Copyright 2012 ABC News Radio


New Drug Promising Against Deadly Melanoma

iStockphoto/Thinkstock(NEW YORK) -- When Richard Kaminski had an unusual mole removed from his cheek in 1998, he thought it was the end of his experience with melanoma.

But more than 10 years later, Kaminski developed a cough that didn't go away. Medical tests confirmed the diagnosis: metastatic melanoma that had spread to his lungs.

Melanoma is a form of skin cancer that kills 85 percent of its victims within five years if it has spread. It is responsible for about 9,000 deaths in the United States a year, according to the American Cancer Society.

Kaminski was floored. "I had this awful thing working in my lungs," he said.

Doctors treated Kaminski with a drug typically used against this form of cancer, but without success. It was only when his oncologist put him in touch with Dr. Anna Pavlick at New York University, who enrolled him in a clinical trial of a medication called vemurafenib, that he began to turn the corner on the deadly illness.

Before treatment, Kaminski recalled, "I had great difficulty breathing. I couldn't put sentences together because I couldn't get a deep breath. I had pain in my chest." Three weeks after beginning the drug, "A lot of that was greatly diminished," he said.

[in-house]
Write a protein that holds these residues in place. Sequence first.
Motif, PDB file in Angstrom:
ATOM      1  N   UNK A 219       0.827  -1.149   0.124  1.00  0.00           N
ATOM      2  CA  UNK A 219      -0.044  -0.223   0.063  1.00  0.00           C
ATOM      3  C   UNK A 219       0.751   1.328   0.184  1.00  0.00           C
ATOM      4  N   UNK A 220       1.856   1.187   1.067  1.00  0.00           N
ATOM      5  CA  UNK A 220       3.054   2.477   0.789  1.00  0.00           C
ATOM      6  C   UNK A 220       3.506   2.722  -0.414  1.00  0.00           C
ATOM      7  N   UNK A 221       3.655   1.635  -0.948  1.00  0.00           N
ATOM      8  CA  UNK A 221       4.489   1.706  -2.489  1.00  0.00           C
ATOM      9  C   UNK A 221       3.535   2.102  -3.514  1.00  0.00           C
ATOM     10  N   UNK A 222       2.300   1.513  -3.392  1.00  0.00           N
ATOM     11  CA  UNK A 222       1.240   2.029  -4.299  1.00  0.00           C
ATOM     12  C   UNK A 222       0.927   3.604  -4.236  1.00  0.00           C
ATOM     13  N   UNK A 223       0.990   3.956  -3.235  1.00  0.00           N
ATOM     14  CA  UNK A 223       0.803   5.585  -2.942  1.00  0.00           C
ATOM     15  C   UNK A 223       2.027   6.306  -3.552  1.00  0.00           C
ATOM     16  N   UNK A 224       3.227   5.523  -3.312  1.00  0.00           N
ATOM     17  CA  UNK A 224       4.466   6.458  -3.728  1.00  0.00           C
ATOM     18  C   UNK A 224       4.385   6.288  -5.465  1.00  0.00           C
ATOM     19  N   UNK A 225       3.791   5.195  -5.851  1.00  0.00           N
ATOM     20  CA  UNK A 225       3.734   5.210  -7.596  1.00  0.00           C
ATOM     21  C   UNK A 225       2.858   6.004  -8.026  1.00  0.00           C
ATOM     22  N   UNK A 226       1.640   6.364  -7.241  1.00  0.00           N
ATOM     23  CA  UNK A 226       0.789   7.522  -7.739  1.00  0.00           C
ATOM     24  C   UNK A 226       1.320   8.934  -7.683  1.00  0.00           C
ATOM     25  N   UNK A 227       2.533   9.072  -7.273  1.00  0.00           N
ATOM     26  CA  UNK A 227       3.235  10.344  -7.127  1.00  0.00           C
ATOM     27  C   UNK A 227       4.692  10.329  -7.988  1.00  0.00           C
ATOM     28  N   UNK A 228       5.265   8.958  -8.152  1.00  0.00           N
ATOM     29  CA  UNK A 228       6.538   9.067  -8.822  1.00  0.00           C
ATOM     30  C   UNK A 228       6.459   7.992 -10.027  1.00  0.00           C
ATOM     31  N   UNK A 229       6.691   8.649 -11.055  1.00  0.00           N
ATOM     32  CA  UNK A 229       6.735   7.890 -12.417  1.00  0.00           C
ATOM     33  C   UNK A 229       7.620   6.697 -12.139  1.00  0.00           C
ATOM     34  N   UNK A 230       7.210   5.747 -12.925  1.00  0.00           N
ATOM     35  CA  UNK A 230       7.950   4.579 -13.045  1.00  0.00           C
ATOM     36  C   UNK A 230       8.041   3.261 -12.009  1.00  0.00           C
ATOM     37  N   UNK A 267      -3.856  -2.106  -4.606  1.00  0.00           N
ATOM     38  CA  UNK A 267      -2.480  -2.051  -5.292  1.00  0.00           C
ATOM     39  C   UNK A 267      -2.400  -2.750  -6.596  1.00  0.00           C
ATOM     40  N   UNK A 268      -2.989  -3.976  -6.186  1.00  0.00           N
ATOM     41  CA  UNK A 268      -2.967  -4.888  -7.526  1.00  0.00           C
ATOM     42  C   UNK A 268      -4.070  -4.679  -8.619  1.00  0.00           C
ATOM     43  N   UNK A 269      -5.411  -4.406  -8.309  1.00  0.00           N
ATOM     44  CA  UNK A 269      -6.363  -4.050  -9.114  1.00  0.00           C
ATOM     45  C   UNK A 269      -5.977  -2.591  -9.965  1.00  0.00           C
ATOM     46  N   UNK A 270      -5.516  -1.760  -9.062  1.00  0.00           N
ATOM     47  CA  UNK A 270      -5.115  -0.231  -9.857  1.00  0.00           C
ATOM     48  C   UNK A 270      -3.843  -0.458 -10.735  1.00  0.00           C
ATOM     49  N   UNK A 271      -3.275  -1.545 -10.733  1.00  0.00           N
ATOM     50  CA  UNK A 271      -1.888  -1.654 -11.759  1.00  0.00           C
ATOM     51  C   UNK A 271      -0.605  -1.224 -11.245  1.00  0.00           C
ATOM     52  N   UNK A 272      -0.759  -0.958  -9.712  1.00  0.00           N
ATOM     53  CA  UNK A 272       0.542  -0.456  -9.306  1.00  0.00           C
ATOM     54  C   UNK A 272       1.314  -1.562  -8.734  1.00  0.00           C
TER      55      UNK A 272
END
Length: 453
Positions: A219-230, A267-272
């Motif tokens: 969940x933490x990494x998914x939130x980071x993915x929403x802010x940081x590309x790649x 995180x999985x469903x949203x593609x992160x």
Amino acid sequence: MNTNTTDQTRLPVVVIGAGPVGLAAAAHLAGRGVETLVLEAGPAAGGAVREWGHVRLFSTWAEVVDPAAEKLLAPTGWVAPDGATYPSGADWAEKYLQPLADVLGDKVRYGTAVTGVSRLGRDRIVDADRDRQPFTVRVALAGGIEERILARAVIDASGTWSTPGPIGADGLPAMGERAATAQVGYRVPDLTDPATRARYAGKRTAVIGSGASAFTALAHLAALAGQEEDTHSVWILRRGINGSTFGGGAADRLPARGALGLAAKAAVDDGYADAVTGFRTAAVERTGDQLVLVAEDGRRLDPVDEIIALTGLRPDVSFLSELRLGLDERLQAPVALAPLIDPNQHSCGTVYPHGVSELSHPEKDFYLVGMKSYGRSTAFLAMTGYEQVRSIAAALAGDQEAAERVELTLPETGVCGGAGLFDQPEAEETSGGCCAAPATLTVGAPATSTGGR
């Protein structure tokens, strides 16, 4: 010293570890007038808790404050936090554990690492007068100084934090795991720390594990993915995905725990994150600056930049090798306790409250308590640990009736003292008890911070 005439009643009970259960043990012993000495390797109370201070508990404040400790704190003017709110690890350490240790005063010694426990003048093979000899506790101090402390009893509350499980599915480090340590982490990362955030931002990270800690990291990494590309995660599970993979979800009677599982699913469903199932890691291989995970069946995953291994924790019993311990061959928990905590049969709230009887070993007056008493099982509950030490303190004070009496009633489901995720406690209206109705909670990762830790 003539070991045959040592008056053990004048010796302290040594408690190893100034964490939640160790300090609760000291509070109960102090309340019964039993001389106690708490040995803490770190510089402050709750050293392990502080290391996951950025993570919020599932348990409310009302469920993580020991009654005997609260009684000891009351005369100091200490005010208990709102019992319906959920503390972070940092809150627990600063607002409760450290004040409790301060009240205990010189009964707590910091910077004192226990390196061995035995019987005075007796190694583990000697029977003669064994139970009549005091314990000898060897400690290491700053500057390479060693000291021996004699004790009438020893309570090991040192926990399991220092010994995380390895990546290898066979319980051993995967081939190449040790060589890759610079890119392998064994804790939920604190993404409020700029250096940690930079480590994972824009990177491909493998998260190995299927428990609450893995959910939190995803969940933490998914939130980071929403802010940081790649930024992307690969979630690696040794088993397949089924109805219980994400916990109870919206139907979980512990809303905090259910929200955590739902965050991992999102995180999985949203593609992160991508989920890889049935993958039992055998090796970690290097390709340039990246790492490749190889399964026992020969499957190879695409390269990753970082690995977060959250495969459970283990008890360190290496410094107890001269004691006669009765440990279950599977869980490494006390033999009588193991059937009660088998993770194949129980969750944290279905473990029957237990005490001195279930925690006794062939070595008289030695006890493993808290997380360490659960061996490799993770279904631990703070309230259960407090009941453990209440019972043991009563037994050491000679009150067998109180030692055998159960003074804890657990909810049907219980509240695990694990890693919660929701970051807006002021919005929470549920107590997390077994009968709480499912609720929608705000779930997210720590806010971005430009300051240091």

Within three months, Kaminski's symptoms disappeared. Scans showed his tumors starting to regress. By the end of 2010, the tumors were gone.

Kaminski, now 65, is understandably thankful.

"In two weeks, I will be two years on this drug," he said. "It was a lifeline."

On Wednesday, the results of the clinical trial in which Kaminski was enrolled appeared in the New England Journal of Medicine. In the study conducted at 13 centers in the U.S. and Australia, researchers followed 132 patients with Kaminski's type of melanoma who had failed to respond to standard treatment. In about half of them, vemurafenib shrunk their tumors. For another third of the patients, the tumors showed no progression once the drug regimen had kicked in. Dr. Lynn Schuchter at the University of Pennsylvania, another of the study's authors, called these numbers "unprecedented."

"I've treated patients [with melanoma] for almost 25 years and never seen a drug with this kind of activity," Schuchter said. "It's so much better than the therapies that have been available to us before."

Also impressive was the improvement in survival; patients on the drug lived, on average, for an additional 15.9 months after treatment began, compared with the six to 10 months typically seen with the disease. A larger trial, also published this year in the New England Journal of Medicine, showed that the drug brought about improved survival at six months. But the authors of the new study were able to follow some of their patients much longer -- for more than a year after they'd started treatment.